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Journal of Applied Mathematics
Volume 2013 (2013), Article ID 730454, 9 pages
A Conjugate Gradient Method with Global Convergence for Large-Scale Unconstrained Optimization Problems
1School of Science, East China University of Science and Technology, Shanghai 200237, China
2School of Information and Statistics, Guangxi University of Finance and Economics, Nanning 530003, China
3College of Mathematics and Information Science, Guangxi University, Nanning 530004, China
Received 26 August 2013; Accepted 22 October 2013
Academic Editor: Delfim Soares Jr.
Copyright © 2013 Shengwei Yao et al. This is an open access article distributed under the Creative Commons Attribution License, which permits unrestricted use, distribution, and reproduction in any medium, provided the original work is properly cited.
The conjugate gradient (CG) method has played a special role in solving large-scale nonlinear optimization problems due to the simplicity of their very low memory requirements. This paper proposes a conjugate gradient method which is similar to Dai-Liao conjugate gradient method (Dai and Liao, 2001) but has stronger convergence properties. The given method possesses the sufficient descent condition, and is globally convergent under strong Wolfe-Powell (SWP) line search for general function. Our numerical results show that the proposed method is very efficient for the test problems.
The conjugate gradient (CG) method has played a special role in solving large-scale nonlinear optimization due to the simplicity of their iterations and their very low memory requirements. In fact, the CG method is not among the fastest or most robust optimization algorithms for nonlinear problems available today, but it remains very popular for engineers and mathematicians who are interested in solving large problems. The conjugate gradient method is designed to solve the following unconstrained optimization problem: where is a smooth, nonlinear function whose gradient will be denoted by . The iterative formula of the conjugate gradient method is given by where is a step length which is computed by carrying out a line search, and is the search direction defined by where is a scalar and denotes the gradient . If is a strictly convex quadratic function, namely, where is a positive definite matrix and if is the exact one-dimensional minimizer along the direction , then the method with (2) and (3) are called the linear conjugate gradient method. Otherwise, (2) and (3) is called the nonlinear conjugate gradient method. The most important feature of linear conjugate gradient method is that the search directions satisfy the following conjugacy condition: For nonlinear conjugate gradient methods, for general objective functions, (5) does not hold, since the Hessian changes at different points.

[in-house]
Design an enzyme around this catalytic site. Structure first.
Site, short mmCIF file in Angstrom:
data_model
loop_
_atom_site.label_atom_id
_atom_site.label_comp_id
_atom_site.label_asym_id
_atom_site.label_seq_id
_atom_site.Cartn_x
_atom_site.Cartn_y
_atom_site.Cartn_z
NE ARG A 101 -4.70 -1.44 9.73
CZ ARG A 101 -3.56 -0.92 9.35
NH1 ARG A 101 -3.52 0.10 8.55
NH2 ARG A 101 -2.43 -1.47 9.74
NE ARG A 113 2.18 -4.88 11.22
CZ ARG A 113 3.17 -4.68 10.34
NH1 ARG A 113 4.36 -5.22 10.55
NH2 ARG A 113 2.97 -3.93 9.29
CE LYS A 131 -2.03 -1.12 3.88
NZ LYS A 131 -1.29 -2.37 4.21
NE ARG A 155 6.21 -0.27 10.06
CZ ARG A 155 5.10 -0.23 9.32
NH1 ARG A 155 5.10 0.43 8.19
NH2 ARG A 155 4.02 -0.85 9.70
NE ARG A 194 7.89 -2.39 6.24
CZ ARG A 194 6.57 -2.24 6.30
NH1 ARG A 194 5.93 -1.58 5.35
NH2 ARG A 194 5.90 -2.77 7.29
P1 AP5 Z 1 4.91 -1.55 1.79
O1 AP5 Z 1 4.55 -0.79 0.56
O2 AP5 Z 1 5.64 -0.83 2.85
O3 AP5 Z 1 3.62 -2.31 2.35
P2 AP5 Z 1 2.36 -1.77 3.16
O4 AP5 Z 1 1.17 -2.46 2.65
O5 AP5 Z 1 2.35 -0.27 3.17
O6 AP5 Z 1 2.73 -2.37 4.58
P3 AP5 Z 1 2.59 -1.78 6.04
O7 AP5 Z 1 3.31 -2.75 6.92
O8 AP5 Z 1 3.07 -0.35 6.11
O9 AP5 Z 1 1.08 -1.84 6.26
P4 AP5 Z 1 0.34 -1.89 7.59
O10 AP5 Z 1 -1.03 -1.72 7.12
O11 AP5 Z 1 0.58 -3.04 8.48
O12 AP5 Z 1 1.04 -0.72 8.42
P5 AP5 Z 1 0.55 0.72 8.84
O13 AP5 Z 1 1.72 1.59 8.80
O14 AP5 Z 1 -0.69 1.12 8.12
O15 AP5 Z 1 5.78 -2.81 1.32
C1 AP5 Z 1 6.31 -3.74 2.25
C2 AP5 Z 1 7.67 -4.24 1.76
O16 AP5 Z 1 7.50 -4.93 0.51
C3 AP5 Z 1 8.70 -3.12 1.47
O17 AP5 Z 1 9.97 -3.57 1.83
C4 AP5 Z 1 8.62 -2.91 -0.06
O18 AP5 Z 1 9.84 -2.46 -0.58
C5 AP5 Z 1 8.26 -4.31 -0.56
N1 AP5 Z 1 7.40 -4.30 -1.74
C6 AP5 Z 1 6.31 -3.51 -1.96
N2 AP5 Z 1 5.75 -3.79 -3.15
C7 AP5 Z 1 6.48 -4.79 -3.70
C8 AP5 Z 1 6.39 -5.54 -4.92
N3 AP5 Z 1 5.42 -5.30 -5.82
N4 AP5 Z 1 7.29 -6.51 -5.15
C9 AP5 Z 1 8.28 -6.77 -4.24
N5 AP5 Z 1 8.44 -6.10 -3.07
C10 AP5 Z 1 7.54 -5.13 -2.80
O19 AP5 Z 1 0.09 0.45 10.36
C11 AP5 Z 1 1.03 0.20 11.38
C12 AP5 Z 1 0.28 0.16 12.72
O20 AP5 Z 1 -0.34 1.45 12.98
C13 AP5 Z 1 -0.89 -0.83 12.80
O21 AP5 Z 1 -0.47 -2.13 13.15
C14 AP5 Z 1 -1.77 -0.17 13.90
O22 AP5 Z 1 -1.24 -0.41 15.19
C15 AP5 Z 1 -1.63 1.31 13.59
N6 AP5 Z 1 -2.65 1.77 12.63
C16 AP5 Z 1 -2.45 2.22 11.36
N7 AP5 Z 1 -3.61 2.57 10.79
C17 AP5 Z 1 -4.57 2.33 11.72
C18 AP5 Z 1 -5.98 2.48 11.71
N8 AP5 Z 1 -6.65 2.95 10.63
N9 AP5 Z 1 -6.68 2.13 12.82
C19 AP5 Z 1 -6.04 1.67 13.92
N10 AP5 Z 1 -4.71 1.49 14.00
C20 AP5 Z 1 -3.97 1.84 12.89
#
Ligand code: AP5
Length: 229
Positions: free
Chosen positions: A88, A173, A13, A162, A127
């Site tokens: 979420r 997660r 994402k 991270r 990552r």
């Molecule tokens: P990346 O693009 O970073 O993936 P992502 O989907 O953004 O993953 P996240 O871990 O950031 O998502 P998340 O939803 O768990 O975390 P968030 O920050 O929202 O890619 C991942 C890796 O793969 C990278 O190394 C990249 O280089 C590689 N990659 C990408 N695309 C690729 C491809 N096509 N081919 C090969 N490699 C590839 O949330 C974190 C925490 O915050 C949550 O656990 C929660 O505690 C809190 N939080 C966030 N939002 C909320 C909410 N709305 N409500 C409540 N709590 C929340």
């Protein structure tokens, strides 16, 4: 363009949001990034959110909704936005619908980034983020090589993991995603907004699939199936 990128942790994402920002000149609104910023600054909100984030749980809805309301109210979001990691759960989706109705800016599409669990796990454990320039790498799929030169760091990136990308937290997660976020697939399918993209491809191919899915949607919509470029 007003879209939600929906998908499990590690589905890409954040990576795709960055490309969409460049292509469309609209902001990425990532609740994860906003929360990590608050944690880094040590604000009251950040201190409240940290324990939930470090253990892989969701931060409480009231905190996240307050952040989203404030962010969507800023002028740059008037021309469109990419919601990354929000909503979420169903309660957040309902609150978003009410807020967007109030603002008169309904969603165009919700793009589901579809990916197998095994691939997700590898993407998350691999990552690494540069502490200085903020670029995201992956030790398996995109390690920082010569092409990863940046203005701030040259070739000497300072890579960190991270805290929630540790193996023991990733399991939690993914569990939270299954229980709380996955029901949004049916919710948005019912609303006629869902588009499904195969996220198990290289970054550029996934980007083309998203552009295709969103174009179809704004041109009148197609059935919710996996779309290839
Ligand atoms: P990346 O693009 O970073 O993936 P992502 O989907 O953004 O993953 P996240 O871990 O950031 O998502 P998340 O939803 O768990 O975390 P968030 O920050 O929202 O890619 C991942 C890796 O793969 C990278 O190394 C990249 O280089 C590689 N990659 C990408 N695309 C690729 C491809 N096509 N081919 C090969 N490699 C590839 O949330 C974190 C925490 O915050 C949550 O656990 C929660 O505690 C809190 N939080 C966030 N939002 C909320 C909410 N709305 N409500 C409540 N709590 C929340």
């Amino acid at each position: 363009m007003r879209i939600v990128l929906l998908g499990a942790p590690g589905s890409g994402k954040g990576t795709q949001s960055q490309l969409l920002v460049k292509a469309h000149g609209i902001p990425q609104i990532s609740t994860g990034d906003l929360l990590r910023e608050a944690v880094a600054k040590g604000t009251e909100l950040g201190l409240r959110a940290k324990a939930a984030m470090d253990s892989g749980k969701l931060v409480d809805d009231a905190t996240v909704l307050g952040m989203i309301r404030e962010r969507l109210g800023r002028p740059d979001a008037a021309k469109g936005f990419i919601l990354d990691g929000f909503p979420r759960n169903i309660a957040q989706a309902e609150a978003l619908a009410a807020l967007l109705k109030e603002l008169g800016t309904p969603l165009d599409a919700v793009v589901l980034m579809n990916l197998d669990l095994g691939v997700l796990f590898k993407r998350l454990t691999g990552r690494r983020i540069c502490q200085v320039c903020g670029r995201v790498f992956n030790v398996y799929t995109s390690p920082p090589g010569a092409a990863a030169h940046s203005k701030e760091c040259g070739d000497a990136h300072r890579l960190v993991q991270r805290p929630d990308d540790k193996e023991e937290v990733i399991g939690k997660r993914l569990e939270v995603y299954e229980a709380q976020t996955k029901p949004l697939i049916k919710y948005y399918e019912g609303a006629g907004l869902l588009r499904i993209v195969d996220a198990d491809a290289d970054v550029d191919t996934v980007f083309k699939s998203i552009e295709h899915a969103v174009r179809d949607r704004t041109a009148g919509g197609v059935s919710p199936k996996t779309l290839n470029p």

Some well-known formulas for are the Fletcher-Reeves (), Polak-Ribière (), Hestense-Stiefel (), and Dai-Yuan () methods which are given, respectively, by where denotes the Euclidean norm. Their corresponding conjugate methods are abbreviated as , , , and methods. Although all these methods are equivalent in the linear case, namely, when is a strictly convex quadratic function and are determined by exact line search, their behaviors for general objective functions may be far different.
For general functions, Zoutendijk  proved the global convergence of method with exact line search (here and throughout this paper, for global convergence, we mean that the sequence generated by the corresponding methods will either terminate after finite steps or contain a subsequence such that it converges to a stationary point of the objective function from a given initial point). Although one would be satisfied with its global convergence properties, the method performs much worse than the () method in real computations. Powell  analyzed a major numerical drawback of the method; namely, if a small step is generated away from the solution point, the subsequent steps may be also very short. On the other hand, in practical computation, the method resembles the method, and both methods are generally believed to be the most efficient conjugate gradient methods since these two methods essentially perform a restart if a bad direction occurs. However, Powell  constructed a counterexample and showed that the method and method can cycle infinitely without approaching the solution. This example suggests that these two methods have a drawback that they are not globally convergent for general functions. Therefore, in the past two decades, much effort has been exceterd to find out new formulas for conjugate methods such that not only they are globally convergent for general functions but also they have good numerical performance.